This is the moment I remember most vividly.
He rode up from nowhere, set down his bike, and filled the empty street with song. After collecting a meager tip, he rode off into the day, leaving nothing but the echoes of a voice I’ll never forget. A voice that demanded to be heard.
I felt so thankful for that moment with my husband, children, and parents.
We were in the middle of a cross-country drive, a family trip to my hometown of Jackson, Mississippi. This stop in New Orleans was a highlight … on so many levels. Delicious Bloody Mary’s, plates full of every culinary form of Crawfish imaginable, a first taste of Oysters Rockefeller for my children and, ohhhh! The beignets and cafe’ au lait from Cafe Du Monde! It was a feast for the palate and the senses, an experience with family that remains unrivaled, and a life-moment that stands firm in my memory.
It must be mentioned, it was also the time my son saw his first “lady of the evening”, albeit, it was ten o’clock in the morning. Framed in a peeling-painted doorway on Bourbon Street that Sunday, she was a vision. Dressed in a filmy, white peignoir, cigarette in hand, long dark legs crossed just so. My twelve year old boy was mesmerized, as was I. She was a canvas of haunted loveliness that seemed, at once, out of place and also right at home on that historic street still holding the sights and smells from the previous night’s bacchanal.
It’s surprising anything else could rival that first sight in NOLA but a riverboat excursion across the great Mississippi River, a tour to see old Mardi Gras Parade floats, loads of silliness with street performers, and our day was almost complete. The final act was performed by a man whose name I’ll never know and whose fate I’ll always dream about.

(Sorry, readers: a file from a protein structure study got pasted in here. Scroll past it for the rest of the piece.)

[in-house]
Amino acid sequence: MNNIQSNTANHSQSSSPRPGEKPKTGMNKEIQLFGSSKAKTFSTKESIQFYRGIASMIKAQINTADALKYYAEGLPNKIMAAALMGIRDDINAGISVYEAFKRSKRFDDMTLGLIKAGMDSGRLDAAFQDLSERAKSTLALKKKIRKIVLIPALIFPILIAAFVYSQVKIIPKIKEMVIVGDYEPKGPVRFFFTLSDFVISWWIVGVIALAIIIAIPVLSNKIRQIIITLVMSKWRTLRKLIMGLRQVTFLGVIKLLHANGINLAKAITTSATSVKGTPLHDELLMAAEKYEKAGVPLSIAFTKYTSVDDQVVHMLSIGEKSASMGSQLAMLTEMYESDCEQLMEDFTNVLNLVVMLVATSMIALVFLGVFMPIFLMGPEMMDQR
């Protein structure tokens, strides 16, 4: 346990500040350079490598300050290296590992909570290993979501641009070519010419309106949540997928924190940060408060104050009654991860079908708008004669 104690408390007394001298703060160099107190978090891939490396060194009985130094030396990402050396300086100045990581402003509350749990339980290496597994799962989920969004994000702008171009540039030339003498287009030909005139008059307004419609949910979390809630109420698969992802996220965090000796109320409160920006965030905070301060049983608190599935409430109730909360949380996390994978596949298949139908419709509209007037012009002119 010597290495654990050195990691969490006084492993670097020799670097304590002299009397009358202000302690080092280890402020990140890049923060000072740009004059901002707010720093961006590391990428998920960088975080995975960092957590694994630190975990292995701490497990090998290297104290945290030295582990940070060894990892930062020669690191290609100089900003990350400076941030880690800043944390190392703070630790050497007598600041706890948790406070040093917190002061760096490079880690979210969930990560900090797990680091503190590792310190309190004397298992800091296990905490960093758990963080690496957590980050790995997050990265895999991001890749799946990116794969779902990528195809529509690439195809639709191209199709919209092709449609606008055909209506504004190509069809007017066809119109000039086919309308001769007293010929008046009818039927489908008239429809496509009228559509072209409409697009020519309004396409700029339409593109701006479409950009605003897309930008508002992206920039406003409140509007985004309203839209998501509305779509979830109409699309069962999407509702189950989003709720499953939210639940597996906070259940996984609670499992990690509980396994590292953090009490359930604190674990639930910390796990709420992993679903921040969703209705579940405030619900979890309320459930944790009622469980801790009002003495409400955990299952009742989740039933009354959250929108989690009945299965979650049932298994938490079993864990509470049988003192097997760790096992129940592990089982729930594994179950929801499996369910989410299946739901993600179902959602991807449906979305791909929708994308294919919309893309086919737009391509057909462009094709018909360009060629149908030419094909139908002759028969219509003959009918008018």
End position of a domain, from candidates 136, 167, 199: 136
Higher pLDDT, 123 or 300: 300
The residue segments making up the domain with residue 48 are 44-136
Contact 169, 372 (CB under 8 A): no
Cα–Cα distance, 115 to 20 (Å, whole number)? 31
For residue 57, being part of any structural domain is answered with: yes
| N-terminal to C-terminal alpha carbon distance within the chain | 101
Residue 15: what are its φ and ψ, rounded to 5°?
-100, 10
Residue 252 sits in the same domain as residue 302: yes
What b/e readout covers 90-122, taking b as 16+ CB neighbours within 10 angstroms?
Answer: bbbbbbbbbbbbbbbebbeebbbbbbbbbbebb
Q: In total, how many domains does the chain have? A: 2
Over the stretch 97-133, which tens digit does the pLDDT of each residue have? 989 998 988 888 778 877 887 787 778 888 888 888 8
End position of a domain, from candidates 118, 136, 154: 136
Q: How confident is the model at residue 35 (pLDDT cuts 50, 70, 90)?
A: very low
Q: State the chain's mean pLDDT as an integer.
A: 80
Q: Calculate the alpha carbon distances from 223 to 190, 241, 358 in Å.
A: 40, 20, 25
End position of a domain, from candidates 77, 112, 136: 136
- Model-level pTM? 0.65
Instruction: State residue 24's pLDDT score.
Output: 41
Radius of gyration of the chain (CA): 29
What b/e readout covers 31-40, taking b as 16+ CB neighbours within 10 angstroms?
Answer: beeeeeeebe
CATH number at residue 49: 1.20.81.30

From nowhere he came and in an instant, he owned our attention. I didn’t recognize the song but I remember how it made me feel. It filled that empty street with it’s raw power and I was humbled in its enormity. With his remarkably soulful talent, why was this beautiful gift of a man living so tattered a life? Why was he not performing at Carnegie Hall, on Broadway? Why was the tip of a few dollars enough for him? Most importantly, why did I let him leave after only one song? It was the blink of an eye and he was gone.
It’s as if he was almost never even there and because of Katrina, I’ll never know his fate.
Less than one month later, Hurricane Katrina horrified the French Quarter and much of New Orleans. It was the day after my son’s 13th birthday. I remember standing speechless in front of my television, watching news of the waters taking over the city we had just left. I felt it in my gut and in my heart. I worried over my family and my friends who were directly impacted. I watched it all, riveted. We were so far away and there was so little we could do.
By the time displaced NOLA residents were arriving in Phoenix, we had joined in to collect and deliver basic health and wellness items and were rallying ongoing support. Such contributions were helpful and appreciated by those in need but the fact was, it couldn’t rewind the clock. The losses were huge and the memories became sacred. For us and for everyone affected by the wrath of Katrina and the destruction of a city that was so very loved.
For a long time, as computer-saved photos would cycle on my screen, it seemed that more often than not I would look up to catch the photo of this favorite memory from New Orleans. The man who sang to us on an empty street. At some point, this man I never really met became my association to Hurricane Katrina. He represented all of the complexities of that moment in time. It was raw and it was complicated but it all meant so much. And so did he.
With the 9th anniversary of Hurricane Katrina approaching, along with my son’s 22nd birthday, I’m feeling the need to finally share the story of a man who has become a part of my consciousness. A man I’ll never forget from a city I’ll always love.
When I go back to New Orleans, and I will, I’ll have his song in my heart.